There was also a matching amenity kit in the same fun design, and headphones.
The headphones, while not noise-canceling, were of good quality and produced good sound. There was also the standard inflight magazine, duty-free magazine and sick bag in the seatback pocket.
While the IFE screens had not received an upgrade in the refurbishment, there were still hundreds of movies and TV shows to choose from. I certainly didn’t get bored!
Though the flight map was fairly basic, considering the plane had just been refurbished.
The selections could be navigated by remote control.
Bathrooms were a good size and pretty standard, though I noticed that the mirrors were filthy, even at the start of the flight.
Wi-Fi was available shortly after takeoff and had good speeds: I was able to get quite a bit of work done on the flight.
Food and Beverage
Meals for Purchase
During the boarding process, poured drinks were offered from a tray. The cabin crew said they had “water, juice or Champagne.” This immediately struck me as odd, because I didn’t think BA served actual Champagne in World Traveller Plus (few airlines do). This is nitpicking, but if it were prosecco or English sparkling wine the crew member really should have described it as such. In any case, it wasn’t very cold.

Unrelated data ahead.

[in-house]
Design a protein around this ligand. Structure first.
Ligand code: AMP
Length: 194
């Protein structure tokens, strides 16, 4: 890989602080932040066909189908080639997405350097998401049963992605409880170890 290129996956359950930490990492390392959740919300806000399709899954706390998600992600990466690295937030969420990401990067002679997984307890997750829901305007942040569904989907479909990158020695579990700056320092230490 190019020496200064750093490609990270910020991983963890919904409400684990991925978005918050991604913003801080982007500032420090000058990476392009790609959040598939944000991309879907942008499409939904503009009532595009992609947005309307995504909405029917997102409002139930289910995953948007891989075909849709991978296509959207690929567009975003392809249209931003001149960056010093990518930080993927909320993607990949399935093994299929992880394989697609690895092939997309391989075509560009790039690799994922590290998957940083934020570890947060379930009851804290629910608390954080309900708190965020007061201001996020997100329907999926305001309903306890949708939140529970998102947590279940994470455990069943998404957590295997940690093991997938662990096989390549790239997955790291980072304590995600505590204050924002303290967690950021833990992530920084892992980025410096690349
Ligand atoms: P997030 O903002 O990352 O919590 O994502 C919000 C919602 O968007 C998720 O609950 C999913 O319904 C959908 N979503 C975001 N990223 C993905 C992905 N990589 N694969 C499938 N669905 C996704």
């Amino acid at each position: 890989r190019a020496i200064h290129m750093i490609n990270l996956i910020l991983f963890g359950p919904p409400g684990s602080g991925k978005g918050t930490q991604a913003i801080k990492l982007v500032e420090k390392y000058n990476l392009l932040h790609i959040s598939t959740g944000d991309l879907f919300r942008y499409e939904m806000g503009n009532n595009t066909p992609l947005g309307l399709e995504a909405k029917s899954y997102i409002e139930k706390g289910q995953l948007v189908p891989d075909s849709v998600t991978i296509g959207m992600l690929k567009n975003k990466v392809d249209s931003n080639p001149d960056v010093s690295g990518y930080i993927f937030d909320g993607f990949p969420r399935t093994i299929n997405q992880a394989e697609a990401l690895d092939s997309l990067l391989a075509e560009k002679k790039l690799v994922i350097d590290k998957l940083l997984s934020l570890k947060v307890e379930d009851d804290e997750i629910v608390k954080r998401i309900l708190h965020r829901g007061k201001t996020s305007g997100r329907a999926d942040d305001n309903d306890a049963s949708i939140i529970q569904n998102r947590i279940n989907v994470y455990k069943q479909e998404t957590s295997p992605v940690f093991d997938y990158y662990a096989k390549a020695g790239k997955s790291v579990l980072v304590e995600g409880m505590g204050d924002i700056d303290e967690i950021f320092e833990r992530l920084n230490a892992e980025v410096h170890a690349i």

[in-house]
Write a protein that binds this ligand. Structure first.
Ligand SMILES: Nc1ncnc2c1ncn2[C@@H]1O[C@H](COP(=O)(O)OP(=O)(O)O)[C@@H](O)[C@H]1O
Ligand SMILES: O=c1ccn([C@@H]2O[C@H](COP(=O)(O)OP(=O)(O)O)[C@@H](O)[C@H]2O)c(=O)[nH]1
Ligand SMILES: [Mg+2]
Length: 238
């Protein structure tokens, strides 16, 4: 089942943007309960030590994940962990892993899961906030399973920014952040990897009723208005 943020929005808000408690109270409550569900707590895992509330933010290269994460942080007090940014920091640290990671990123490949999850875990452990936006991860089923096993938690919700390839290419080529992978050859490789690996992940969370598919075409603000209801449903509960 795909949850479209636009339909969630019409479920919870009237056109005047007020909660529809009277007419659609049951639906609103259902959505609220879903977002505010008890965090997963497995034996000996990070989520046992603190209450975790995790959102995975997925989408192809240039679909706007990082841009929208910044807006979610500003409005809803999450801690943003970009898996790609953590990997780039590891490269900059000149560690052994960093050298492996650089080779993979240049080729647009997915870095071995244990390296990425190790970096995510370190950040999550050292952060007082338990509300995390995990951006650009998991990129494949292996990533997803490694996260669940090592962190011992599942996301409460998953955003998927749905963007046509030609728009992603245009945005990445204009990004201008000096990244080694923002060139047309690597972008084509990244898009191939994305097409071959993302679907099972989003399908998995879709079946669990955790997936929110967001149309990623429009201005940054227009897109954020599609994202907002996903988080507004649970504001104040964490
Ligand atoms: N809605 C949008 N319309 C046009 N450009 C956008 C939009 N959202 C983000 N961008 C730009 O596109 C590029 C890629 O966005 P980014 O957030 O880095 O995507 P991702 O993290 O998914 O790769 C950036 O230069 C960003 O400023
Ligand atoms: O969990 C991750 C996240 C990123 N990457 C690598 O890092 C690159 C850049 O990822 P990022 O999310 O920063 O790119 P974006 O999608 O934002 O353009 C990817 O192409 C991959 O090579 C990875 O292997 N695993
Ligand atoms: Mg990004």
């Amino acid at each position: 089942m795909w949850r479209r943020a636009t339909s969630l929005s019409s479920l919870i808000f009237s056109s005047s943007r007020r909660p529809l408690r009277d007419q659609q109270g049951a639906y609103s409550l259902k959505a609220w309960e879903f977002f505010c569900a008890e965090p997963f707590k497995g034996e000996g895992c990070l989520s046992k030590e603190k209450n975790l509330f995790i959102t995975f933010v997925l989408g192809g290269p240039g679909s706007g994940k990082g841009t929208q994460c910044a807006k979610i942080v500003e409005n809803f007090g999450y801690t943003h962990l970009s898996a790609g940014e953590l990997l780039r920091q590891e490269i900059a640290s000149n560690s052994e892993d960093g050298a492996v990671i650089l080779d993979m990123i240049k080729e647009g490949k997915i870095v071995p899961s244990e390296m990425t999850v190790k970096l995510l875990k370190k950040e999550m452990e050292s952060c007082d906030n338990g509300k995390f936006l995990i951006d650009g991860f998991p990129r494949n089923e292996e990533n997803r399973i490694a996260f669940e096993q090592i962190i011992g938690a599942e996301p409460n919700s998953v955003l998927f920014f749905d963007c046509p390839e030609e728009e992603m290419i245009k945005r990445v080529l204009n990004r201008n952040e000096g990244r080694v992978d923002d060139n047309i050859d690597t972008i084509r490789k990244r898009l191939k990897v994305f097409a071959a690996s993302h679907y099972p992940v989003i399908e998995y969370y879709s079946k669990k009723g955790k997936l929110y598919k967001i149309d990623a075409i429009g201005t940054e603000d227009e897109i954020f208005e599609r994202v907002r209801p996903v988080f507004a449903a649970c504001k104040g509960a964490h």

With an 11:20 a.m. departure, I expected a full lunch service followed by an afternoon tea meal shortly before landing, like I had experienced on other carriers on the same route, albeit with slightly later departure times.
As expected, lunch was served shortly after takeoff, beginning with a drinks service. All passengers were offered a premeal drink (a Bloody Mary for me) and asked to select wine for their meal. I asked for a white wine and was told there was only a sauvignon blanc. This was served with sour cream-and-chive pretzels.
There were three entrees. I would normally go for beef but decided to mix it up and selected a Thai prawn green curry.
BA serves World Traveller Plus meals still with the plastic and foil on top of containers. This really affects the presentation, and I wish they would tidy up the tray before handing it to the passengers (Virgin Atlantic does the same thing).
This is the difference five seconds of tidying would make: